Bibek Debroy , Economic Times
People have started brushing up on physics. If you are poor, 11.2-km-a-second (Earth) may be required to break out of the poverty trap. If you are SC/ST, it might require 59.5-km-a-second (Jupiter), and if you are an SC/ST woman, it might require 617.5-km-a-second (the Sun). Accelerating to such escape velocities is easier if an object is first placed in a low Earth orbit. Why don’t poor people reach such orbits?
The answer has to do with the division of labour. Understanding those benefits of specialisation and division of labour predate Adam Smith. For example, there was Bernard Mandeville (1670-1733), who wrote a book titled The Fable of the Bees.
Here is a quote from the book. “But if one will wholly apply himself to the making of Bows and Arrows, whilst another provides Food, a third builds Huts, a fourth makes Garments, and a fifth Utensils, they not only become useful to one another, but the Callings and Employments themselves will, in the same Number of Years, receive much greater Improvements, than if all had been promiscuously follow’d by every one of the Five.”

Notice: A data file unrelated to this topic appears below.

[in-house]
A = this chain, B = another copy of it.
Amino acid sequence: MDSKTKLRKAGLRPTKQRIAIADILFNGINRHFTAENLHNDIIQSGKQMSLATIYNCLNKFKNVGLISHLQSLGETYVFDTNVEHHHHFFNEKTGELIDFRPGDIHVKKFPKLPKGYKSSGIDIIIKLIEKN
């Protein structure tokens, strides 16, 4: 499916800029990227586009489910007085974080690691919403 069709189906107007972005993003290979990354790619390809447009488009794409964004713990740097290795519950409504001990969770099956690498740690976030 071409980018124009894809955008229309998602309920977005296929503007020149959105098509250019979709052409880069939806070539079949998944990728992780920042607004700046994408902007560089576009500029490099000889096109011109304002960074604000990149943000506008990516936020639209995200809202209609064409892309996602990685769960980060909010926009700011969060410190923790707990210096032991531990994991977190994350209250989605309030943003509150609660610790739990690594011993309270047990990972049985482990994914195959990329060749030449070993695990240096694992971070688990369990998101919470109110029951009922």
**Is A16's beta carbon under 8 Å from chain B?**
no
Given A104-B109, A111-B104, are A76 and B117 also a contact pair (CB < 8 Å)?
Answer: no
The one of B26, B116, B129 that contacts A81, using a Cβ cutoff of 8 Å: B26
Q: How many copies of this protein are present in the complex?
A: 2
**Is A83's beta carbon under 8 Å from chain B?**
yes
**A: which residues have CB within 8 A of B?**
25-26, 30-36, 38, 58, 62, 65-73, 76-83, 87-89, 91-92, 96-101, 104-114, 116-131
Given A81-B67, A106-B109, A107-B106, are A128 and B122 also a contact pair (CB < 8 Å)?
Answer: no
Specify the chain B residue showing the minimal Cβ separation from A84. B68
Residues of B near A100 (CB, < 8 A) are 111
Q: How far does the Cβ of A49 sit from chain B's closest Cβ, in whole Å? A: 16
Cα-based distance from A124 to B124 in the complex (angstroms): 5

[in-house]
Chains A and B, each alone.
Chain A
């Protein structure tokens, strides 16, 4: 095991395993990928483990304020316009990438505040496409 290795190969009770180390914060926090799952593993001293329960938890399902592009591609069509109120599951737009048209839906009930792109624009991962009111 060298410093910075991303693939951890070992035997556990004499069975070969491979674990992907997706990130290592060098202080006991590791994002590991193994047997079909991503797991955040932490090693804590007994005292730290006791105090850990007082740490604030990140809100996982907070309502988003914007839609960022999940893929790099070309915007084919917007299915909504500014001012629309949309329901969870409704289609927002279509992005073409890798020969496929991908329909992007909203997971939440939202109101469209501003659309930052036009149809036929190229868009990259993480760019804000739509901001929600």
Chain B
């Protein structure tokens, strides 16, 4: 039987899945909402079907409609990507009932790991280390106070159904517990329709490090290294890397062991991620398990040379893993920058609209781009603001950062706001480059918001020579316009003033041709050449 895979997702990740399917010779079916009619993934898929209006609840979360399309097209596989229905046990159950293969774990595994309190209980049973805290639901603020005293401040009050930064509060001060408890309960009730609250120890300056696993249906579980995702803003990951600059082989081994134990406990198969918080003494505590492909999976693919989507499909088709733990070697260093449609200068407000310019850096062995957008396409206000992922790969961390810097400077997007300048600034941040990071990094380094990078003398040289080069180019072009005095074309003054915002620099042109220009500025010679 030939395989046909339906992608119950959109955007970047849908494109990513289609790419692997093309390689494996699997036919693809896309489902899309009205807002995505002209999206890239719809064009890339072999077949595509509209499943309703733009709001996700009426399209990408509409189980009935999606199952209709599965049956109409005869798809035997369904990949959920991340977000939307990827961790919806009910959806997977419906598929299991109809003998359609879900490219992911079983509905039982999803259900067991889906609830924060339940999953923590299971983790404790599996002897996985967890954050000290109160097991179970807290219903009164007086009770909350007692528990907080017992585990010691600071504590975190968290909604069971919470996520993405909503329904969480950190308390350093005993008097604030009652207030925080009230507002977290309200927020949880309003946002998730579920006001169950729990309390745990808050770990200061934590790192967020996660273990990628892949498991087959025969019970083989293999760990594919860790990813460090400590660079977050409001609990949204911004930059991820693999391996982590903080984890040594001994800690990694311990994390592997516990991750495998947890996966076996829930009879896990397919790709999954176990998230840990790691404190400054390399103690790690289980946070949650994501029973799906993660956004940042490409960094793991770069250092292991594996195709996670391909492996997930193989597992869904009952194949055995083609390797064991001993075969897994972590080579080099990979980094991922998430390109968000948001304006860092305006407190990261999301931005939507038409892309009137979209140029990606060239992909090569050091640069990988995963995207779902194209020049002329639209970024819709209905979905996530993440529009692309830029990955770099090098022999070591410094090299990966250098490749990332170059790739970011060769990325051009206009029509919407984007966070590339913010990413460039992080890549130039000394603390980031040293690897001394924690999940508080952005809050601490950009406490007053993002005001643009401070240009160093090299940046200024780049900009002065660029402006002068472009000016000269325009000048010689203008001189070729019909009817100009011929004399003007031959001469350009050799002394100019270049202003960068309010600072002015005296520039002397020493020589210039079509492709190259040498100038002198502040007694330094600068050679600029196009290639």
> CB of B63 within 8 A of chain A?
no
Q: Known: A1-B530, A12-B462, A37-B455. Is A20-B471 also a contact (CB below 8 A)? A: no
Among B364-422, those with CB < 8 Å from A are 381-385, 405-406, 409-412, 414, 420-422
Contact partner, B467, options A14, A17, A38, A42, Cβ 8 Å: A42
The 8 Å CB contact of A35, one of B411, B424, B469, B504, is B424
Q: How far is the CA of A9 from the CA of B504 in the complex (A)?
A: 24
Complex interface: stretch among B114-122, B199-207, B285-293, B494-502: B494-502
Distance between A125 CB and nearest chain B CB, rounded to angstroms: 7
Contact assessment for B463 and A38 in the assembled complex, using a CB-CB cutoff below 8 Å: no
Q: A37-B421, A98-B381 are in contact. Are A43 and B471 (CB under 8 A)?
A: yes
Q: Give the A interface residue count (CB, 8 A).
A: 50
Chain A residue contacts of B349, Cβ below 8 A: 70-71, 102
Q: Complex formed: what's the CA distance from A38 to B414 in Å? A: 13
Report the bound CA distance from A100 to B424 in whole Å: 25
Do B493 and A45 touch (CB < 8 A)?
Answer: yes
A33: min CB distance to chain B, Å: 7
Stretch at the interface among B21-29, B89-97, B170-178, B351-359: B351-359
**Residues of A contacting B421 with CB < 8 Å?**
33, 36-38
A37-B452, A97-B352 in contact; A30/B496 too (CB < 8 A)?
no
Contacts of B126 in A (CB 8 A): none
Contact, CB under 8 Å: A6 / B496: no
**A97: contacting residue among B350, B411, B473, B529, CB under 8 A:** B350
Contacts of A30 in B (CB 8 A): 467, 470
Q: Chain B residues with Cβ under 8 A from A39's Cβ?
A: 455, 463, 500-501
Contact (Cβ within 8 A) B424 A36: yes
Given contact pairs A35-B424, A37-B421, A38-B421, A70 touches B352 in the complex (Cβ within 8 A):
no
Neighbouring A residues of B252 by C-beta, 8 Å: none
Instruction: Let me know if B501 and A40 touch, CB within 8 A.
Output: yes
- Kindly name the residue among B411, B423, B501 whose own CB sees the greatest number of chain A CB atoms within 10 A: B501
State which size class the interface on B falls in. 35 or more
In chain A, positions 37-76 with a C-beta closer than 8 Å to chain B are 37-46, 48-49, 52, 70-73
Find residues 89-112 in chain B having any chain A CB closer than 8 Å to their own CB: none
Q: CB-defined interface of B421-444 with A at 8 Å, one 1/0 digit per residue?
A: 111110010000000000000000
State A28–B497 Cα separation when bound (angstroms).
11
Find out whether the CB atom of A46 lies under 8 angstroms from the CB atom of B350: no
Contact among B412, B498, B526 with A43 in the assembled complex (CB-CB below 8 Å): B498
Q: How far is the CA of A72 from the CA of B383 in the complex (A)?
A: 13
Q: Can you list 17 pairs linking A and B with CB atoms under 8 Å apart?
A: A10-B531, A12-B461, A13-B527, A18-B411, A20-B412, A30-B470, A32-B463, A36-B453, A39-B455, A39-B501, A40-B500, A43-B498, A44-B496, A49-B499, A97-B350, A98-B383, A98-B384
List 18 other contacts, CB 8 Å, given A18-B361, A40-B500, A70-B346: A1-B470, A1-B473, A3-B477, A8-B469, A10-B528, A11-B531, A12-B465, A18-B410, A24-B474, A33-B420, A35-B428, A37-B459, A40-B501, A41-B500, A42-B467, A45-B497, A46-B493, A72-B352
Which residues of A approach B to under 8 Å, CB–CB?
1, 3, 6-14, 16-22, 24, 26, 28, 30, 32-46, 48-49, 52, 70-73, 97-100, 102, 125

That’s division of labour. If there has been a large increase in income, productivity and prosperity throughout the world, that’s largely because of specialisation.
The ministry of statistics and programme implementation (Mospi) is planning a time-use survey, designed to tell us what men and women spend their time on and also to figure out contribution by women that do not enter national accounts.
There was another such survey in 1998-99. These surveys don’t quite tell us what poor people spend their time on. But according to the 1998-99 survey results, the rural poor seem to spend much more time on “unproductive” pursuits.